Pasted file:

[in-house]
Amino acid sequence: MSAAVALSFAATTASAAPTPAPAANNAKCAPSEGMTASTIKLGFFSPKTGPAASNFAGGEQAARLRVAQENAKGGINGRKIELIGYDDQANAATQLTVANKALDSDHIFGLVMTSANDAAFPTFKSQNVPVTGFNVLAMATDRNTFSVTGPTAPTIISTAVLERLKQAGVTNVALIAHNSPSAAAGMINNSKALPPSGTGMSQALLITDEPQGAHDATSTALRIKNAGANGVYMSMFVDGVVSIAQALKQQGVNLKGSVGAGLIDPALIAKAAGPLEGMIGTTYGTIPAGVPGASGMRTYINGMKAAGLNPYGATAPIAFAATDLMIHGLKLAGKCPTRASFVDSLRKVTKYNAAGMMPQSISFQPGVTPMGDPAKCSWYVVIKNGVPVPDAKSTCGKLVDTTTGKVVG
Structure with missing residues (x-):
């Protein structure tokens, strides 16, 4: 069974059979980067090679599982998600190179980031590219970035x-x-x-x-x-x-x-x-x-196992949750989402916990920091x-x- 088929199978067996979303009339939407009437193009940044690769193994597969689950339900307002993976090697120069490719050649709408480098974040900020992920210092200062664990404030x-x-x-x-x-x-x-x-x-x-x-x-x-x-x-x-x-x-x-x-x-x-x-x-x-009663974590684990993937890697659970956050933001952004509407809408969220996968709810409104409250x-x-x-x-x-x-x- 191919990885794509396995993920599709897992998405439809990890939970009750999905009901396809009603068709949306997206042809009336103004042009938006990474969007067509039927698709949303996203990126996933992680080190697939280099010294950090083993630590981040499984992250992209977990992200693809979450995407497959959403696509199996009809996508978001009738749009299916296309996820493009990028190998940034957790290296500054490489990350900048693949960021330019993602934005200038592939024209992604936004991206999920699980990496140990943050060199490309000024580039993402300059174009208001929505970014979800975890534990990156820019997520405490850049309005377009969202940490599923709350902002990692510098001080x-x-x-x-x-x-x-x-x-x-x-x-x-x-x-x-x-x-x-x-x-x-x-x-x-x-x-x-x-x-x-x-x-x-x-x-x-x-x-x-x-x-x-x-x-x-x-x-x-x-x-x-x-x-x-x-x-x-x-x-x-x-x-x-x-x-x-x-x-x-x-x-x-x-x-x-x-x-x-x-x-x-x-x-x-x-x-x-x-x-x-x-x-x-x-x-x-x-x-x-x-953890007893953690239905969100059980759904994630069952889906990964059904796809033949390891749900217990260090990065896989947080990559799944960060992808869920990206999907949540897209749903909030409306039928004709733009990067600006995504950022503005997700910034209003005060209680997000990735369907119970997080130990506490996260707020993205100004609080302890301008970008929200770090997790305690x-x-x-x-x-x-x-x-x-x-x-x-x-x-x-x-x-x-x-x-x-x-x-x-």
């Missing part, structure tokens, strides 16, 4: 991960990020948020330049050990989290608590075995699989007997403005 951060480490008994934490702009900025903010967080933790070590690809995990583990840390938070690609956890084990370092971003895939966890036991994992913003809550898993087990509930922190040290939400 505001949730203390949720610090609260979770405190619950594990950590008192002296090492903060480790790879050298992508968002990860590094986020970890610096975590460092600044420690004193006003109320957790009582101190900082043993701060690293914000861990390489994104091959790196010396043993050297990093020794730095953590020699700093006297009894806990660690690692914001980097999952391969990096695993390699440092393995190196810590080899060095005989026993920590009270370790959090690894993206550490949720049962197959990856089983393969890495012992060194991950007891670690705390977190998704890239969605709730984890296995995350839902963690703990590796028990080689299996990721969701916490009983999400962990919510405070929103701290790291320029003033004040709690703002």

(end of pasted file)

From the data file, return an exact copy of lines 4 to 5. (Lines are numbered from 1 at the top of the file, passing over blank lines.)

């Protein structure tokens, strides 16, 4: 069974059979980067090679599982998600190179980031590219970035x-x-x-x-x-x-x-x-x-196992949750989402916990920091x-x- 088929199978067996979303009339939407009437193009940044690769193994597969689950339900307002993976090697120069490719050649709408480098974040900020992920210092200062664990404030x-x-x-x-x-x-x-x-x-x-x-x-x-x-x-x-x-x-x-x-x-x-x-x-x-009663974590684990993937890697659970956050933001952004509407809408969220996968709810409104409250x-x-x-x-x-x-x- 191919990885794509396995993920599709897992998405439809990890939970009750999905009901396809009603068709949306997206042809009336103004042009938006990474969007067509039927698709949303996203990126996933992680080190697939280099010294950090083993630590981040499984992250992209977990992200693809979450995407497959959403696509199996009809996508978001009738749009299916296309996820493009990028190998940034957790290296500054490489990350900048693949960021330019993602934005200038592939024209992604936004991206999920699980990496140990943050060199490309000024580039993402300059174009208001929505970014979800975890534990990156820019997520405490850049309005377009969202940490599923709350902002990692510098001080x-x-x-x-x-x-x-x-x-x-x-x-x-x-x-x-x-x-x-x-x-x-x-x-x-x-x-x-x-x-x-x-x-x-x-x-x-x-x-x-x-x-x-x-x-x-x-x-x-x-x-x-x-x-x-x-x-x-x-x-x-x-x-x-x-x-x-x-x-x-x-x-x-x-x-x-x-x-x-x-x-x-x-x-x-x-x-x-x-x-x-x-x-x-x-x-x-x-x-x-x-953890007893953690239905969100059980759904994630069952889906990964059904796809033949390891749900217990260090990065896989947080990559799944960060992808869920990206999907949540897209749903909030409306039928004709733009990067600006995504950022503005997700910034209003005060209680997000990735369907119970997080130990506490996260707020993205100004609080302890301008970008929200770090997790305690x-x-x-x-x-x-x-x-x-x-x-x-x-x-x-x-x-x-x-x-x-x-x-x-």
């Missing part, structure tokens, strides 16, 4: 991960990020948020330049050990989290608590075995699989007997403005 951060480490008994934490702009900025903010967080933790070590690809995990583990840390938070690609956890084990370092971003895939966890036991994992913003809550898993087990509930922190040290939400 505001949730203390949720610090609260979770405190619950594990950590008192002296090492903060480790790879050298992508968002990860590094986020970890610096975590460092600044420690004193006003109320957790009582101190900082043993701060690293914000861990390489994104091959790196010396043993050297990093020794730095953590020699700093006297009894806990660690690692914001980097999952391969990096695993390699440092393995190196810590080899060095005989026993920590009270370790959090690894993206550490949720049962197959990856089983393969890495012992060194991950007891670690705390977190998704890239969605709730984890296995995350839902963690703990590796028990080689299996990721969701916490009983999400962990919510405070929103701290790291320029003033004040709690703002």